Anthology on Shamanism and Disability

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    • #14092
      Raven Kaldera

      So the Gods and spirits I work with have been pushing me for some time to put together a book on shamanic practice for people with disabilities – physical, mental, neurological, etc. I want it to be a supportive, compassionate, useful book that does not penalize anyone for being disabled, nor suggest that they aren’t “doing it right” if they aren’t magically healed. I’m not looking for stuff about how everyone can be “fixed” if they just do XYZ. I’m looking for helpful material for people trying to do this work regardless of what’s difficult for them.

      So I’m looking for submissions from people who have struggled with the intersection of shamanic practice and disability. What if you can’t climb a mountain, or fast, or sit still during meditation, or even get out of bed? What if mental illness makes you doubt whether the visions you’re having are real or your own sock puppets? How can you create a shamanic practice around your limitations? If you’ve got written accounts, please send them to me at (That’s a public email, I’m fine with having it passed around.) If you aren’t up to writing an essay but could answer questions in an email interview, or even a recorded Zoom interview, I’m down for that as well.

      Essays should be no more than 10K words, and sent in a Word document. You don’t have to use your real name. I’m setting a tentative deadline for June 21st,the Summer Solstice, 2021. Please feel free to pass this CFS to anyone who might be interested. Let’s help people to know that the sacred spirits are there for anyone regardless of what bodies they’ve been given this time around.

    • #14692
      Winter Ross

      Hi, Raven:
      I’m a professional freelance writer (usually for Spirituality & Health magazine). I’m not sure what their policy is on reprinting articles but if you’re putting together an anthology, I can check. The next article I’m doing for them is on Chod, the Tibetan shamanic practice that has been wedded in the West to gestalt and active imagination. “Feeding Your Demons” practice, has been shown to be helpful with Multiple Personality Disorder. I’m sorry I can’t write for free, but if the magazine has already paid me, perhaps we could work out a royalty agreement. You can find a sample of my work here: “Walking the Edge of Cultural Appropriation”. Winter Ross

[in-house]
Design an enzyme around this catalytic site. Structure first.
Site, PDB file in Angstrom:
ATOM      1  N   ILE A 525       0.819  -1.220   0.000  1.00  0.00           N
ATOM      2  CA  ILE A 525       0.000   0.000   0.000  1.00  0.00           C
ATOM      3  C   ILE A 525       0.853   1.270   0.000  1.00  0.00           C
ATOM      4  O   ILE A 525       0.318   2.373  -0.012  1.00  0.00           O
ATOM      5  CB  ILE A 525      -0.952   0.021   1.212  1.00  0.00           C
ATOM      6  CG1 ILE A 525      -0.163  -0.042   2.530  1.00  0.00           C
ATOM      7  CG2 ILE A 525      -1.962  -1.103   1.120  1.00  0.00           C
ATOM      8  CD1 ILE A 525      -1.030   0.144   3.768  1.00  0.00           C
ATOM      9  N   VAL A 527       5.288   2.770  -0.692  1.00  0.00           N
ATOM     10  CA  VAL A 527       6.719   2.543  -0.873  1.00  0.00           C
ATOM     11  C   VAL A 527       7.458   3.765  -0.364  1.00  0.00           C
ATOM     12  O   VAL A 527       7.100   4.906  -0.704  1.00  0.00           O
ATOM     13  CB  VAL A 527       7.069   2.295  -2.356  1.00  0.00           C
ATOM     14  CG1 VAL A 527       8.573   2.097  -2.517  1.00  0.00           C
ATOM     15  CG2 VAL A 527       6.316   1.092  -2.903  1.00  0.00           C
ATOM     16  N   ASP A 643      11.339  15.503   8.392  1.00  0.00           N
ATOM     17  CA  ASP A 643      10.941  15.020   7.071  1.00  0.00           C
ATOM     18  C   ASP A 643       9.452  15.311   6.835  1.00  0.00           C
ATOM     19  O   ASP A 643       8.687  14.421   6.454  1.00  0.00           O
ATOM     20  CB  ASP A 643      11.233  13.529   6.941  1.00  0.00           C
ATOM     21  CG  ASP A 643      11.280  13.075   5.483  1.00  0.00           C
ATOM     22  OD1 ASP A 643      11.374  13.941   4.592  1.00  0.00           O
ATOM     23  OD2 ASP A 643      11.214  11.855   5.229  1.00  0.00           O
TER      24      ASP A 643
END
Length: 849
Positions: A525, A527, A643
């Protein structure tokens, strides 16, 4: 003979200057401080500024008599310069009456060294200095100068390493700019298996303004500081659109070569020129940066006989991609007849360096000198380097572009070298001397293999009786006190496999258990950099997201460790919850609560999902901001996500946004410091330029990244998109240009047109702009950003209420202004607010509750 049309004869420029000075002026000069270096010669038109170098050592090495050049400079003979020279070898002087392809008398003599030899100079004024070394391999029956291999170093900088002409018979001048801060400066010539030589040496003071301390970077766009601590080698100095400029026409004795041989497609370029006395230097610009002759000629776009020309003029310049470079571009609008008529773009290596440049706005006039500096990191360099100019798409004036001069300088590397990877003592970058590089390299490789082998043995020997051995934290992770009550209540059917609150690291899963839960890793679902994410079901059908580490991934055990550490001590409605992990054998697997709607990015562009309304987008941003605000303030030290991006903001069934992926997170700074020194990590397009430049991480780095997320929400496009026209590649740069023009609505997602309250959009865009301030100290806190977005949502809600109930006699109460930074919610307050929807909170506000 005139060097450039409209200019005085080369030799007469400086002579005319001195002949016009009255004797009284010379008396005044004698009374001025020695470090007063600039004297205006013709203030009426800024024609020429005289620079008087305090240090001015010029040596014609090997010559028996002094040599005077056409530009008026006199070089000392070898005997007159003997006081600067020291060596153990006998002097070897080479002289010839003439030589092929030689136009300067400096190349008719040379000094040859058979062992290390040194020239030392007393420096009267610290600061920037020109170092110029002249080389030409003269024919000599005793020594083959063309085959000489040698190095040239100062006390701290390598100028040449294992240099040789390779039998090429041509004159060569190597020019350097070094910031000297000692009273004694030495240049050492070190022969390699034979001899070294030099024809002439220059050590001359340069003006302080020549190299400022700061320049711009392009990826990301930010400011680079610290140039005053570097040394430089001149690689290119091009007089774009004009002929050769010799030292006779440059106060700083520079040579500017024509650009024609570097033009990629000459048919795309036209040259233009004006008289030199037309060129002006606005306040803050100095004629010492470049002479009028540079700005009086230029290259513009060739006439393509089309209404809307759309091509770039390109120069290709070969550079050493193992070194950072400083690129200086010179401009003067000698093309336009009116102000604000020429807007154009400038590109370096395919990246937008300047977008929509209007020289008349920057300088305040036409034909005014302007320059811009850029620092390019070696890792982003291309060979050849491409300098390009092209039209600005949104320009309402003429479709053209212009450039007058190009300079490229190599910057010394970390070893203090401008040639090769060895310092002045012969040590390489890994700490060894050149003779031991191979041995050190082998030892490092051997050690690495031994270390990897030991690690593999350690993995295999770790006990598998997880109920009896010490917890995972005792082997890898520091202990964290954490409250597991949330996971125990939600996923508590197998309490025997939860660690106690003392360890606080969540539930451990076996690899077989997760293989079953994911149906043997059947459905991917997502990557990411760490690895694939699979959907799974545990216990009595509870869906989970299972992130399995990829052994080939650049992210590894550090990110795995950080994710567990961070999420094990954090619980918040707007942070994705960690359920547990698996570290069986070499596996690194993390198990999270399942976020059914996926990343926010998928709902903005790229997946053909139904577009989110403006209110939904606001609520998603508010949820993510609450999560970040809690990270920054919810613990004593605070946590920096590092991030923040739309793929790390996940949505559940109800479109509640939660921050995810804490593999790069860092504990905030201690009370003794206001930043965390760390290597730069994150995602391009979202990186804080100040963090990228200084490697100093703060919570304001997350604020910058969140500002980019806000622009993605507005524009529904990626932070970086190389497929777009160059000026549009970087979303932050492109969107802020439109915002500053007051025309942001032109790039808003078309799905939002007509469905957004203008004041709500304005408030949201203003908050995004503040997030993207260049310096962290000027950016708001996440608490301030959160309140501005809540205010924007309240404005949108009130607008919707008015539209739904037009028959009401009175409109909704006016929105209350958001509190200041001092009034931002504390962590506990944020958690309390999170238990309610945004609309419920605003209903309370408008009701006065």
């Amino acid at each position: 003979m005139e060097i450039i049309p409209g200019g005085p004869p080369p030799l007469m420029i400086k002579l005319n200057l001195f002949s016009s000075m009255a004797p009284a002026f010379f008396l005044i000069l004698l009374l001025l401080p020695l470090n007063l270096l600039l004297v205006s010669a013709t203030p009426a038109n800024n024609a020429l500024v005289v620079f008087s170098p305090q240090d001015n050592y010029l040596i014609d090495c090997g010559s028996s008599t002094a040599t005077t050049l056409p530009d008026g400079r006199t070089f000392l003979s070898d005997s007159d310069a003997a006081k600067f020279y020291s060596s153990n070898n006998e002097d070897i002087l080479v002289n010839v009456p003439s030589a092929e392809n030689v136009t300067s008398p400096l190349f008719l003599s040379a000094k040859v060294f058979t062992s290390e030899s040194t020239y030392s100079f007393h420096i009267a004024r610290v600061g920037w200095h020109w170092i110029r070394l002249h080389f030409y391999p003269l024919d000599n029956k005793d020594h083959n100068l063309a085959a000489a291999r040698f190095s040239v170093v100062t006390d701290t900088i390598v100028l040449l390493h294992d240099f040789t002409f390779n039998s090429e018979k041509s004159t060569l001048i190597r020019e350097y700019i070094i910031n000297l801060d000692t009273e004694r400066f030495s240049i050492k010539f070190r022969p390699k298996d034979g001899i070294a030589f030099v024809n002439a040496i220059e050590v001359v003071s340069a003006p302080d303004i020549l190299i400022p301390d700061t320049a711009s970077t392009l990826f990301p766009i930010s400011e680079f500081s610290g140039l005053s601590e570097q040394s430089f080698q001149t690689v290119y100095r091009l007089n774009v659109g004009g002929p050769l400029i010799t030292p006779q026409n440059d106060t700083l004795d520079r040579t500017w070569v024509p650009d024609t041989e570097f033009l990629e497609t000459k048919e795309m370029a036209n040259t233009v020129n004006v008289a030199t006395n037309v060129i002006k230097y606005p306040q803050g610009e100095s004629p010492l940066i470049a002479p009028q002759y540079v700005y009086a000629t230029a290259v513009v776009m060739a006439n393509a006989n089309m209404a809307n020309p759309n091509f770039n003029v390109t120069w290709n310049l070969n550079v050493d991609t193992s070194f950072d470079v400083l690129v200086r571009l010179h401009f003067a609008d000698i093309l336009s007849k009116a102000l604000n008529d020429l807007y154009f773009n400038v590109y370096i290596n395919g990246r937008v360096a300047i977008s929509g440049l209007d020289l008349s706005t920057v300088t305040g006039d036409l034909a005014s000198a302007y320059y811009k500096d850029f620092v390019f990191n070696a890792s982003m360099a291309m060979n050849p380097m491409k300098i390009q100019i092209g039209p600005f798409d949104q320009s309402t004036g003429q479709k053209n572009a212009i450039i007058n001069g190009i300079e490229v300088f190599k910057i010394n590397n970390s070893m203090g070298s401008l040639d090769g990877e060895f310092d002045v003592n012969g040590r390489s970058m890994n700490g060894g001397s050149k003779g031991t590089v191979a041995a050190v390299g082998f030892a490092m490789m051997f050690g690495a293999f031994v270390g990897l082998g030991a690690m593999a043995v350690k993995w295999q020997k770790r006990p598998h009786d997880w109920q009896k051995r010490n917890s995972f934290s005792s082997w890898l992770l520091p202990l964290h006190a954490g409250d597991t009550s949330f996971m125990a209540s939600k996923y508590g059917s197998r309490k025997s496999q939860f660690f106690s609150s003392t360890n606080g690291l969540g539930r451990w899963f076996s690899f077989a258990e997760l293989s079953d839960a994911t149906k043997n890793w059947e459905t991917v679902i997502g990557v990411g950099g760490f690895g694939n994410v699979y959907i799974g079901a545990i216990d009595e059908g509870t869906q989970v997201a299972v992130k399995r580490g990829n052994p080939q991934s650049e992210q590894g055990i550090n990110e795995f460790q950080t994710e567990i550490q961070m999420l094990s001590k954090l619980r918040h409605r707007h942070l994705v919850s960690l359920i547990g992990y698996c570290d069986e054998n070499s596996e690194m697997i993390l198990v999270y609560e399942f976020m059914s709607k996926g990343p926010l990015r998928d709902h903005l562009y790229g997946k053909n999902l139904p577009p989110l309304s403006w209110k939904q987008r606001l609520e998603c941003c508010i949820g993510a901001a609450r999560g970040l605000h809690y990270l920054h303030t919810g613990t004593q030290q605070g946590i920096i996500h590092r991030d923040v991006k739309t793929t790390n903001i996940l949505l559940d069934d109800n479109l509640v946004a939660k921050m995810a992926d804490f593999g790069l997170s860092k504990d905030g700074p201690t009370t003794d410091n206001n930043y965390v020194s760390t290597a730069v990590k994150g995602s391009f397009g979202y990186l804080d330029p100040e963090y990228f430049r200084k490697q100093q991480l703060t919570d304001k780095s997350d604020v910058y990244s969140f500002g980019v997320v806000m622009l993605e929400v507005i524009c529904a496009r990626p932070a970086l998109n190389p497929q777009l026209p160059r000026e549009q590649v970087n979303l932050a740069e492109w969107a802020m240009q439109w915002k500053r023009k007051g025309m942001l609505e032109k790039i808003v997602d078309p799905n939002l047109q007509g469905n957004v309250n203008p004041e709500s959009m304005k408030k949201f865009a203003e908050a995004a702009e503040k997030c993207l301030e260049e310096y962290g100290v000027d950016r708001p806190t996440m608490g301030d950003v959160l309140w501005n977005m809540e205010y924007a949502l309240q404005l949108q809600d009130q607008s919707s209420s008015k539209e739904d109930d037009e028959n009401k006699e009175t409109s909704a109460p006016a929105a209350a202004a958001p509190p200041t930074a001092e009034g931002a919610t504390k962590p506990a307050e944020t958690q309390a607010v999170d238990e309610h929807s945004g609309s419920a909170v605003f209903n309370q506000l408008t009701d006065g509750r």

• #14804

      Are you still looking for contributors?

    • #15948
      e s

      I’ve never had any severe mental illness, though I have a lot of experience of the dark night of the soul of codependency recovery, which was a relationship dysfunction, existing not just in me, but in society. I also think that society could be braver in its perception of the relationship of mental illness to shamanic initiation. But that’s mainly because we don’t have very good initiations and initiators in Western culture, and I think severe mental illnesses simply are the veridical evidence of this. Those people, I am guessing without the opportunity to see for certain would be the ones who would go on to heal and initiate. Therefore, they exhibit the highest symptoms of pathology at the lack therefore in adequate initiatory practices. Though I have little experience to back this up. I do think that deconstruction, darkness and confusions are part of the process of various initiations. For example, alcohol can also produce a temporary psychosis, but it wouldn’t be accurate to say its shamanic. I guess if you wanted to invoke a demon, then it could be useful. But you’d have no control over the situation, so you couldn’t say that was channeling. When it is unregulated, that can produce psychosis, rather than heal or turn it into something good.

    • #16533
      Penny-Shaini Rayne

      How is your book coming?

    • #16889
      Rae Moss

      Dear Raven,
      I am a shamanic practitioner, author and person with a disability. I wrote a bit on the connection between my disability and shamanic work in this overview blog on my website: (second section of the blog) I would be happy to contribute it you are still looking for contributors.

      • #16891
        Rae Moss

        PS I hope you have published this book, or it is coming out soon. It’s a wonderful topic, and like you, I need to adapt my practice to my disability, as well as acknowledge that my disability has informed my practice.

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